Can Brazil's Workers' Party make a comeback, one year after the parliamentary coup against President Dilma Rousseff?
At 1.30pm on August 31 last year, the electronic screen in the Brazilian Senate flashed up the final vote. After nine months of impeachment proceedings, seven days of the final trial in the Senate, and 17 hours of closing speeches, the result was not in doubt: 61 in favor, 21 against. Brazil's Congress had impeached President Dilma Rousseff.
Rousseff's own Workers Party, the PT, called it a coup. So did many thousands of her supporters, and even some critics, among Brazil's social movements and the population at large.
Was It a Coup?
The Congress had, formally, followed the constitutional procedure for removing a president. But the charges against Rousseff were flimsy. She was accused of manipulating public finances to conceal a budget deficit – the so called “pedalao”. She disputed the details. But her defenders argued that, even if true, the same trick had been used by numerous governments in the past. And that there was nothing strictly illegal about it. Certainly, they said, it could not be legitimate grounds for an impeachment.
There was never even a whiff of personal corruption attributed to the PT's second president.
In contrast, 42 members of the lower house which had voted for her impeachment to proceed in April 2016, and 24 members of the Senate which took the final decision, were placed under investigation earlier this year for real crimes of corruption - another twist in Brazil's rolling Car Wash corruption scandal. Others were already under investigation.
Business Backs Temer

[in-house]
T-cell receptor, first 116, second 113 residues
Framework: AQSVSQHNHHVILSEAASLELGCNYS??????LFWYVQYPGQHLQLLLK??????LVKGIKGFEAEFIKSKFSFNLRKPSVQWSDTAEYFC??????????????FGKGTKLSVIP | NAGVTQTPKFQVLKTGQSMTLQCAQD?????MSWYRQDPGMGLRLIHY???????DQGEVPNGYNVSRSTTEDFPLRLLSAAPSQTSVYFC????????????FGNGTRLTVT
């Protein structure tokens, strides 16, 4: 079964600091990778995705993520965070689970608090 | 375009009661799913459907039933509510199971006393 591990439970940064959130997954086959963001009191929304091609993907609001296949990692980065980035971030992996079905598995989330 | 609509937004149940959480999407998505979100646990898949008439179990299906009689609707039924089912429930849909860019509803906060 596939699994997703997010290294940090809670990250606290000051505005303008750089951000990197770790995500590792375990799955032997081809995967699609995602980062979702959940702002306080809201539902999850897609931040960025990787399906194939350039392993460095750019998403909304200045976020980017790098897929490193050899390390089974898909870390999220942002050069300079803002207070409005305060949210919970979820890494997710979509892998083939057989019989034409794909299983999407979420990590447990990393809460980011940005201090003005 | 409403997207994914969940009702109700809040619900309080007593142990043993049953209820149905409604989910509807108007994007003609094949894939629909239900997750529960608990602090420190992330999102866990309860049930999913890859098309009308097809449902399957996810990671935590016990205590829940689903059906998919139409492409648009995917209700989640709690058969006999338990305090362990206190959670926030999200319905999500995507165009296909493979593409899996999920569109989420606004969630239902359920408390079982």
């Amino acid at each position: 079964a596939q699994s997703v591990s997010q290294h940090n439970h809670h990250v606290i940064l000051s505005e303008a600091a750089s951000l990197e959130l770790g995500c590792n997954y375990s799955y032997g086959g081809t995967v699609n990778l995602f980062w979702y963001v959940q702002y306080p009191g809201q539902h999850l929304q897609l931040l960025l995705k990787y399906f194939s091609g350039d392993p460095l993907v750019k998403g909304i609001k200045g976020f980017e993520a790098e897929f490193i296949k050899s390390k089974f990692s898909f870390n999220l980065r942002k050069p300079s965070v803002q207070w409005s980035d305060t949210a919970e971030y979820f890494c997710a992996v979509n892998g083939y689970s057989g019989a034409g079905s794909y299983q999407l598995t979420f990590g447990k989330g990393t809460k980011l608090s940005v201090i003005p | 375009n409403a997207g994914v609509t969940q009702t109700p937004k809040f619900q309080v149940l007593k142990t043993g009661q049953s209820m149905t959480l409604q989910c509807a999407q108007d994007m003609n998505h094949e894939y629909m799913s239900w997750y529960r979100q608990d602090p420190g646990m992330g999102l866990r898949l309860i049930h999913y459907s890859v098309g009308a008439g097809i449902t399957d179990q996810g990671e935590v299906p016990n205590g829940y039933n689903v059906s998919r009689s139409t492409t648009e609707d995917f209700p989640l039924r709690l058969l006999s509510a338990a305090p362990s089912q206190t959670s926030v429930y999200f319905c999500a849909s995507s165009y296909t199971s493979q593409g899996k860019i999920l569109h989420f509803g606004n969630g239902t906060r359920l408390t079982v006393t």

This irony was lost on Brazil's traditional political and business elite. Since 2003, they had tolerated the Workers Party governments of Luiz Inacio Lula da Silva and then Dilma Rousseff. They may not have liked their policies to lift millions out of poverty, or their alliance with left wing governments in Venezuela or Bolivia. But while the Brazilian economy was growing fast, they could put up with them.
Now commodity prices had fallen sharply, and Brazil had entered its worst recession in decades. The elite had decided it needed its own people in power, and was determined to get rid of Rousseff and the PT, by whatever means.
The government of President Michel Temer, who replaced Rousseff after her impeachment, came committed to a swingeing program of adjustment. Labor and pension reforms, to cut the costs of businesses, led the way. Then came a mega-package of privatizations, and a roll-back of Indigenous land rights and environmental protections to benefit the big landowners' lobby.
For most of the international media, the Temer government showed that the shift to the right in Latin America had come to stay.
Corruption Charges Engulf the Right
But the right did not have it all their own way.
Rousseff's impeachment only fueled the corruption scandal that has engulfed Brazil's entire political class. Eight members of Temer's cabinet were accused. Eduardo Cunha, the speaker of the Lower House who organized the impeachment of Rousseff, is now in jail.
At the end of June this year, Brazil's attorney general brought corruption charges against President Temer himself.
Not surprisingly, when these charges went before Congress at the beginning of August, they were treated very differently from those against Dilma Rousseff a year earlier. According to the NGO, Open Accounts, in the previous two months Temer had released over a billion dollars of public money to fund lawmakers' special projects. The Lower House voted to block the charges.